Practicing Comfort Strategies
Practice these strategies with young children (remember, they work for grown-ups, too!), then talk about other ways you can feel calm, safe, and comforted.
When our brains may be preoccupied by big feelings like fear, anxiety, or anger, simple techniques and nonverbal activities can help children and adults get “unstuck.” Practice these strategies with young children (remember, they work for grown-ups, too!), then talk about other ways you can feel calm, safe, and comforted.
- Breathe. Paying attention to our breath helps us come back to the present moment, and it can be done anytime, anywhere. Take three deep breaths—in through your nose, and out through your mouth—and feel your belly rise and fall.
- Move your body. Sometimes our feelings are too big for words. Invite children to express their feelings with their body. They could jump up and down, reach up high, squeeze into a tight ball, run very fast, or dance to an uplifting song.
- Draw your feelings. Children can express their feelings through art. You might ask them to draw what made them sad (or mad, or happy!), or to explore the feeling itself (“What color is your sadness?” “What shape is it?”). These questions can help children learn about their emotions and feel comfortable talking about them.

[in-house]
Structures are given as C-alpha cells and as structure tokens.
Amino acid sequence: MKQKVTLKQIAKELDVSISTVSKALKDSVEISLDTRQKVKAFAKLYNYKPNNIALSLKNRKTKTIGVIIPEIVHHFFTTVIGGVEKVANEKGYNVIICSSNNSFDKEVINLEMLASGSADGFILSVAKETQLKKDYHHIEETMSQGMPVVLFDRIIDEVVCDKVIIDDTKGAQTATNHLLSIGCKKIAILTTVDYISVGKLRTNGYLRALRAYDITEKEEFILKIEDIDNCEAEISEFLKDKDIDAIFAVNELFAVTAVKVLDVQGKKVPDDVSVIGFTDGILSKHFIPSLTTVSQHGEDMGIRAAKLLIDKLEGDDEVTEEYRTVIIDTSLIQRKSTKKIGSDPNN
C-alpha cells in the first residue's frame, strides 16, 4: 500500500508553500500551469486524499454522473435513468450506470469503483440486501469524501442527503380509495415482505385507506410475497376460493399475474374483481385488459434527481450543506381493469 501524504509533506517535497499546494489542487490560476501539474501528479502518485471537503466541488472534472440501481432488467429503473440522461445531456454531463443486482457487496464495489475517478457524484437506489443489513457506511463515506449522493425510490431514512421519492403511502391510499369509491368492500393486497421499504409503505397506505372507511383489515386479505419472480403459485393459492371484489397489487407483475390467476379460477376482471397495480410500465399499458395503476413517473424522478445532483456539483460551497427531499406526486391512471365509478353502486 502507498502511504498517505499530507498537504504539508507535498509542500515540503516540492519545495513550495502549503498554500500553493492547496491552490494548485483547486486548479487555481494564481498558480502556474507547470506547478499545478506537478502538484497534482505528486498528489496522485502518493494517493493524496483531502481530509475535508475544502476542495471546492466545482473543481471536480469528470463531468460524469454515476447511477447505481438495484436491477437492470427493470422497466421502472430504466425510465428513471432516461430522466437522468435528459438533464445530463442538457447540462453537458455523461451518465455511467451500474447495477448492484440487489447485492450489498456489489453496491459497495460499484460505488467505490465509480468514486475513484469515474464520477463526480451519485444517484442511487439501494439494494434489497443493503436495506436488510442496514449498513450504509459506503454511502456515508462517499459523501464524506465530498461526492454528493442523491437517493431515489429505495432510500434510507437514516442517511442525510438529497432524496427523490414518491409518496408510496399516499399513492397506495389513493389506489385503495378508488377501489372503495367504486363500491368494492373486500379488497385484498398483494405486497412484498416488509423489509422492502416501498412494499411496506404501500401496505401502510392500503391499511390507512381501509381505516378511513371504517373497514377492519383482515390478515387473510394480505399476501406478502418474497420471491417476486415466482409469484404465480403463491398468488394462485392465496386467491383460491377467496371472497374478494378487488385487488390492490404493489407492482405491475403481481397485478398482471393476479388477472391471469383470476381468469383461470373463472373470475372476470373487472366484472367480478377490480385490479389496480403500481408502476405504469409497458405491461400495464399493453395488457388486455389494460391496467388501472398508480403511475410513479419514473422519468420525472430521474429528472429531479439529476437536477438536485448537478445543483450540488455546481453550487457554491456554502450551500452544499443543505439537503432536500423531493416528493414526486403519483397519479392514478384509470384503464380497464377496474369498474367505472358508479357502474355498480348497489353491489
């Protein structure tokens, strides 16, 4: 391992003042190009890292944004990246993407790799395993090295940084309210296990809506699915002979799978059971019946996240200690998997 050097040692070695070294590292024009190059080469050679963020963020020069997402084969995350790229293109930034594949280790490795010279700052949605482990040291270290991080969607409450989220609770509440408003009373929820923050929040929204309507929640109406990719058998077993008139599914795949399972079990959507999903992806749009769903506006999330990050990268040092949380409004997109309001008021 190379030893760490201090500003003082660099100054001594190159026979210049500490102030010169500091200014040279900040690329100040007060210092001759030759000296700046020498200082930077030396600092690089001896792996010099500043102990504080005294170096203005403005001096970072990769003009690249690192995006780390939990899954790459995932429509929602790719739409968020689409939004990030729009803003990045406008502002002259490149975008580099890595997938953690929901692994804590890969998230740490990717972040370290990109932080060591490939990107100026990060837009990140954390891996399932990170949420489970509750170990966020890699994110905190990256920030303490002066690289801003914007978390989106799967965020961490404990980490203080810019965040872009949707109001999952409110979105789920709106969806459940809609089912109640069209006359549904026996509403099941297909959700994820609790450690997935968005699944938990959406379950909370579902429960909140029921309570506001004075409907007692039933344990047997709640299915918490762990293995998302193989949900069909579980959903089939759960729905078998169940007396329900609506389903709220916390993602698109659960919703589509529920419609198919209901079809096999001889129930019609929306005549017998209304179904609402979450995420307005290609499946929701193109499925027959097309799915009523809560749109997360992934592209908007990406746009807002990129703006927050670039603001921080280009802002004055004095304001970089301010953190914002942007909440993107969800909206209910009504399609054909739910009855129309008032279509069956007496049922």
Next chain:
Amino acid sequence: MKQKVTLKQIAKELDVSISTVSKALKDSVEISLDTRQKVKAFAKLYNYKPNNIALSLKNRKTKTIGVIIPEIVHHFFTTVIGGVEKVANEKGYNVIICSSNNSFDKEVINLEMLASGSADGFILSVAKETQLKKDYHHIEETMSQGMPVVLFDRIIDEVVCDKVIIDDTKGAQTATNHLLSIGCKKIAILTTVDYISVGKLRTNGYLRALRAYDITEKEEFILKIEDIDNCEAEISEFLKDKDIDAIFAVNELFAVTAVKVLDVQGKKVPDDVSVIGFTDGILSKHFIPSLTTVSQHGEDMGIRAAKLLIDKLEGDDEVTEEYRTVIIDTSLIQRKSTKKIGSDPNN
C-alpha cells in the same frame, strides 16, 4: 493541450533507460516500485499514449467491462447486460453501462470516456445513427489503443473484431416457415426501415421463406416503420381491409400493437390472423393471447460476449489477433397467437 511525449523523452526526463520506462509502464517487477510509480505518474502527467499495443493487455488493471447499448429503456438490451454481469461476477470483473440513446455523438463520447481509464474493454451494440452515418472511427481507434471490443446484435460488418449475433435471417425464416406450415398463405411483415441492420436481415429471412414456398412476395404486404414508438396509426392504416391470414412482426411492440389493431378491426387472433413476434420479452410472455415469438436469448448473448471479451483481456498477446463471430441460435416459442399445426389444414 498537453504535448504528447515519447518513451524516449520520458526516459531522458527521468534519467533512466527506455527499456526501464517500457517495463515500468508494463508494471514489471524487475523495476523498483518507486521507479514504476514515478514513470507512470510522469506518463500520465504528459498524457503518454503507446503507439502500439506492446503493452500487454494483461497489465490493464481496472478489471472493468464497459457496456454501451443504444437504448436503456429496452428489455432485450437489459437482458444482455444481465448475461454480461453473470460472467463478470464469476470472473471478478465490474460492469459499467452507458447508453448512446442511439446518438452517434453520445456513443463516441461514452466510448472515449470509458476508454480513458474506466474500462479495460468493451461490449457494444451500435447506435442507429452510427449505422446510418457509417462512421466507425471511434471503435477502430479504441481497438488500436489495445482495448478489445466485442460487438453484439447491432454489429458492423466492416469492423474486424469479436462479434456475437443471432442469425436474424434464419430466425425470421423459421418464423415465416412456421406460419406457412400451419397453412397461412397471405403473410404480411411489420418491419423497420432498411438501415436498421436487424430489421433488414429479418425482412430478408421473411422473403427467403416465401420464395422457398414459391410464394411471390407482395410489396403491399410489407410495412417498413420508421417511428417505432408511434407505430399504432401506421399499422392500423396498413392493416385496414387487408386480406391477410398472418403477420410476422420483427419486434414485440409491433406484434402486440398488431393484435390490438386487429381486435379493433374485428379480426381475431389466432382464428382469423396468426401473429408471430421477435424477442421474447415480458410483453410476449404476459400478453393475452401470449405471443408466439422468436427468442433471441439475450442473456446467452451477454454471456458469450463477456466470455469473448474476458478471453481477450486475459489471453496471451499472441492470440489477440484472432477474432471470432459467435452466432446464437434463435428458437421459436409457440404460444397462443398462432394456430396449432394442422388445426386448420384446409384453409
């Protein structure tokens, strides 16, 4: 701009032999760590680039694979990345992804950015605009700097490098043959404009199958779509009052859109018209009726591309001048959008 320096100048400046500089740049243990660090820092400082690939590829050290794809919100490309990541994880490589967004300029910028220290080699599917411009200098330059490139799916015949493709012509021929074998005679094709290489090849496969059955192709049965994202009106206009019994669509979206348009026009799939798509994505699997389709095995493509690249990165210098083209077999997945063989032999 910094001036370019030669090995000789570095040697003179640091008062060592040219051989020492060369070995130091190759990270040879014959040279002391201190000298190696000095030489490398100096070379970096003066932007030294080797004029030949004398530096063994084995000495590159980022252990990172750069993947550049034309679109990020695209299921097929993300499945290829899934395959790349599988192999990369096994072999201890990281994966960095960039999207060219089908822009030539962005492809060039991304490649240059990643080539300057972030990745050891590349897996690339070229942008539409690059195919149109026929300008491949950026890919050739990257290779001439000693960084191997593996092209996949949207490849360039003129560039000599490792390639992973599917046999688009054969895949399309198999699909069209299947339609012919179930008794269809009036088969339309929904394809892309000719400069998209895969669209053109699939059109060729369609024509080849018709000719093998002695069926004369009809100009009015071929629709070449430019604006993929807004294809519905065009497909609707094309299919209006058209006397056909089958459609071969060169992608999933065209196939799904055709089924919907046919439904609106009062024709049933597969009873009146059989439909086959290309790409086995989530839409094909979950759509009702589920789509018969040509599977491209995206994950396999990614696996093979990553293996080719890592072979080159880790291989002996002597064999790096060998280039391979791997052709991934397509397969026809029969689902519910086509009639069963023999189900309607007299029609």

- Keep a journal. Offer children their own notebook. They can write or draw anything in it—what happened during the day, a made-up story, a poem—the act of writing can help them sort their thoughts and make sense of new information. If children are not yet writing on their own, they can tell their thoughts to you, and you can write them down.
- Snuggle a comfort object. Having something familiar to keep through changes, such as a favorite blanket, a piece of clothing with their favorite color, or a stuffed animal, can give children a sense of security.
Giving Yourself a Hug
Giving yourself a hug is one coping strategy that can help children rebuild a sense of safety.
Calm Down and Slow it Down
Big changes or difficult situations can leave children feeling agitated, drained, or scared.
Understanding and expressing feelings is another important coping skill for children and adults.